Christa Kelly, Contributor
After a tumultuous year of a high-profile immigration status review, Mzenga Wanyama, a longtime professor and advisor at Augsburg University, has been given a stay of deportation of indeterminate length by the Immigration Customs Enforcement (ICE). A dispute that began in March of this year after Wanyama was given 90 days to self deport has remained a story on campus and around the broader immigration discussion in Minnesota.
After receiving widespread campus support from students who organized rallies outside of his hearing locations and catching the attention of politicians from Minneapolis Mayor Jacob Frey to Senator Amy Klobuchar, Professor Wanyama has, for now, a temporary break from the dispute.
The issue, concerning Wanyama’s expired visa from 2005 and subsequent application for asylum after writing articles critical of the Kenyan government, sat for years in limbo. After the application for asylum was denied in 2012, Wanyama has been complying with regular check-ins at the St. Paul ICE facility. The sudden shift in the case priority came 26 years after Wanyama began his life in the Midwest.
Despite the lack of a pressing timeline, the issue is hardly over. Sarah Combellick-Bidney, a close friend of Wanyama’s and a political science professor, explained to students how lengthy, uncertain and often unfair the immigration process can be. She told students that, though the deportation process has been stalled, the threat of detainment is still a very real and frightening possibility. If Wanyama is considered for asylum, the court case will last for at least two years. If ICE chooses not to consider Wanyama and his wife’s asylum request, he will self-deport to Namibia where he will continue to work for Augsburg on a satellite campus. Wanyama himself was not able to be reached for comment on the issue.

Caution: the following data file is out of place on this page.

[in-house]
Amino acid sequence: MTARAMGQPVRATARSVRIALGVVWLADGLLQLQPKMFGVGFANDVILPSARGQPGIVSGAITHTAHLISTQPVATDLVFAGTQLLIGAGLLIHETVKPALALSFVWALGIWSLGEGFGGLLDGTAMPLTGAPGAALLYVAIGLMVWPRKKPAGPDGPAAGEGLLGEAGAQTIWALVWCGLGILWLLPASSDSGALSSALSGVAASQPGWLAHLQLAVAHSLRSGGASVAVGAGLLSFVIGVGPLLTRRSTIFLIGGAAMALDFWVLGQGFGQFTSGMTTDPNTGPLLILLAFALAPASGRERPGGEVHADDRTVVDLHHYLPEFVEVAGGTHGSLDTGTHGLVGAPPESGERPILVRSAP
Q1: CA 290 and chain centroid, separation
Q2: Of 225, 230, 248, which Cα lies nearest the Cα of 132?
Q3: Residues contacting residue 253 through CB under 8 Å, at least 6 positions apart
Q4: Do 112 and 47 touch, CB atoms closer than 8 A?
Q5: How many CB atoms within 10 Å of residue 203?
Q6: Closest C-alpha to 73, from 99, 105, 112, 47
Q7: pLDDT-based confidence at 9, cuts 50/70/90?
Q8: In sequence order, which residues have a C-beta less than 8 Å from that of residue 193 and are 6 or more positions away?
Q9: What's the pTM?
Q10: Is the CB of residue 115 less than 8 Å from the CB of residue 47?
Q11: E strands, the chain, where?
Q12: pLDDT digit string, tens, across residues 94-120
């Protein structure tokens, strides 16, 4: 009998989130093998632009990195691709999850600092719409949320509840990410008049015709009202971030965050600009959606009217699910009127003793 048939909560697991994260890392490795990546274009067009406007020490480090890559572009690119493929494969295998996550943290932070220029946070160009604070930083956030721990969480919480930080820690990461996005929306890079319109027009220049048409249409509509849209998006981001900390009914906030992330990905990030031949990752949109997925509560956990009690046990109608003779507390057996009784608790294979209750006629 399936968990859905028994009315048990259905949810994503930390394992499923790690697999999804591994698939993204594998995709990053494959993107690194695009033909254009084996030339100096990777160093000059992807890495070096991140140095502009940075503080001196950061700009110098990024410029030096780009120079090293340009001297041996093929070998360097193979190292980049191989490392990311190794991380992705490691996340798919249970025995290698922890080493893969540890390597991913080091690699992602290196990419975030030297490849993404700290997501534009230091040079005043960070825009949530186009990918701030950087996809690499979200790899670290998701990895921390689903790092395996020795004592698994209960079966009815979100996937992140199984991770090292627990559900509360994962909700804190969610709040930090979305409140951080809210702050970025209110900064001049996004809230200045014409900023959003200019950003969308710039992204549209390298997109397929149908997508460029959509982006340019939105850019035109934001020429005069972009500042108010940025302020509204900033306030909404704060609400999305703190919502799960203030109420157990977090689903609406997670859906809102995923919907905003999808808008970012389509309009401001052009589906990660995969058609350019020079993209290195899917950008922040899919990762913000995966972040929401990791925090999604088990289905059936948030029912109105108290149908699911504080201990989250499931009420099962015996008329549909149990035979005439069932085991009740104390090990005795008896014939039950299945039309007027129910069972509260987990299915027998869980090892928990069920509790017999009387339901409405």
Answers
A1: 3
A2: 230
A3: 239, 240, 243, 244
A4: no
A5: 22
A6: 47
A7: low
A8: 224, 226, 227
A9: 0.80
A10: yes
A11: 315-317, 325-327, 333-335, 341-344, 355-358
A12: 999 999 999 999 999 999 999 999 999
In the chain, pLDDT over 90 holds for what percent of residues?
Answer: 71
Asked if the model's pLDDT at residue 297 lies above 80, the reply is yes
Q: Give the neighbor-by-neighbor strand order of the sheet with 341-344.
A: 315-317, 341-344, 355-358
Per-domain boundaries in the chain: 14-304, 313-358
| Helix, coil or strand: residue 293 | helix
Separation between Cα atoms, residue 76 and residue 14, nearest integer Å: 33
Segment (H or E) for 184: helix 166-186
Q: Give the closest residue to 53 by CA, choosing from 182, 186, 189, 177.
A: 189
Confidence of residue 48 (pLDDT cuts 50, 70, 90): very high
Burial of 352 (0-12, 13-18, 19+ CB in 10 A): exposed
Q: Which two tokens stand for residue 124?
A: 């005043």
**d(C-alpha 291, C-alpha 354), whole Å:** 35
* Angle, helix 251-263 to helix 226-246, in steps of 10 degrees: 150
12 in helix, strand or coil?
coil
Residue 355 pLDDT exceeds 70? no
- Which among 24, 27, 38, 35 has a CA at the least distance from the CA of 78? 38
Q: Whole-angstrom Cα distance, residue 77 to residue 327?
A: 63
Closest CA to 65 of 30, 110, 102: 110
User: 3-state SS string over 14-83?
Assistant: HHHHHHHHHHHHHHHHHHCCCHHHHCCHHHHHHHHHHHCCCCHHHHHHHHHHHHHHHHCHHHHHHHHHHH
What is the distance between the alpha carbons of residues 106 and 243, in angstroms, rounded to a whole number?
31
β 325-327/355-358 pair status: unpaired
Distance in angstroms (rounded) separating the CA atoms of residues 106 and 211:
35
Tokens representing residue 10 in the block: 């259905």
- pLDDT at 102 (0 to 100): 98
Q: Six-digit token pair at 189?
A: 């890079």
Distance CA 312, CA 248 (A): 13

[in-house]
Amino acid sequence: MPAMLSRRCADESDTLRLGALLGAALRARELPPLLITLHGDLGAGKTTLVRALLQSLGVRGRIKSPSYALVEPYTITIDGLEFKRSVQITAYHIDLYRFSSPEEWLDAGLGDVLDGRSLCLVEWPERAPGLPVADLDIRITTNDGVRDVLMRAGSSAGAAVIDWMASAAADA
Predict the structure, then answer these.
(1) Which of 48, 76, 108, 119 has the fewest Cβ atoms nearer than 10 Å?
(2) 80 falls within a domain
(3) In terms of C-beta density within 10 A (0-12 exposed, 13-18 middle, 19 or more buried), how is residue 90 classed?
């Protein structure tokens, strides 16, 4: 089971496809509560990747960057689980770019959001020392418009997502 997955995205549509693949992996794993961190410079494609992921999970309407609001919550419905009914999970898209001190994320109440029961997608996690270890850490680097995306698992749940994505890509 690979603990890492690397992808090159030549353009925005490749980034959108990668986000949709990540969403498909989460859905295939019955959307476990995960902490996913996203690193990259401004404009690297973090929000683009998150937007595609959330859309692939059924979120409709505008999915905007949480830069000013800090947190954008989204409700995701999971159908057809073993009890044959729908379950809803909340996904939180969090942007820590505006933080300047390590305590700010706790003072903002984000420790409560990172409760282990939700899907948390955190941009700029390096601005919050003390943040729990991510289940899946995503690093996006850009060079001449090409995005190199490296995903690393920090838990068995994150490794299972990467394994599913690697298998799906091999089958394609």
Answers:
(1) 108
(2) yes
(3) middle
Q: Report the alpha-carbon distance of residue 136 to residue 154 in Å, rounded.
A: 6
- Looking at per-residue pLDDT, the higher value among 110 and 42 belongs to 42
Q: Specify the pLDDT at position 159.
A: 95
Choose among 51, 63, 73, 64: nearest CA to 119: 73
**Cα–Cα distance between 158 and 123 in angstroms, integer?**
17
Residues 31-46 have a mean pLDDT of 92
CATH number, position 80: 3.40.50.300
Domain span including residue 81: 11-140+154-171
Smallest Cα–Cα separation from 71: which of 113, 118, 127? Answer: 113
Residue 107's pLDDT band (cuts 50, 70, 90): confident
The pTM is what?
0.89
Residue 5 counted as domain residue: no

Wanyama’s legal battle has shaken the tight-knit Augsburg community. Students and teachers alike remain upset and confused at the prospect of losing such a valued faculty member. Rob Jewell, freshman, hopes Wanyama will be able to continue teaching his classes. He says that Wanyama is “rich in teaching style, personality and culture. He is knowledgeable about everything we could have asked for.” Panou Yang, also a freshman, hopes Wanyama will be able to stay. She had the opportunity of having Wanyama co-teach one of her honors courses. In his introduction to the class, he explained that his first name, Mzenga, means “messenger.” Her class commented on how fitting it was that he became a teacher. A status that, for the moment, is here to stay.
This article first appeared in the Friday, September 21 edition of The Echo.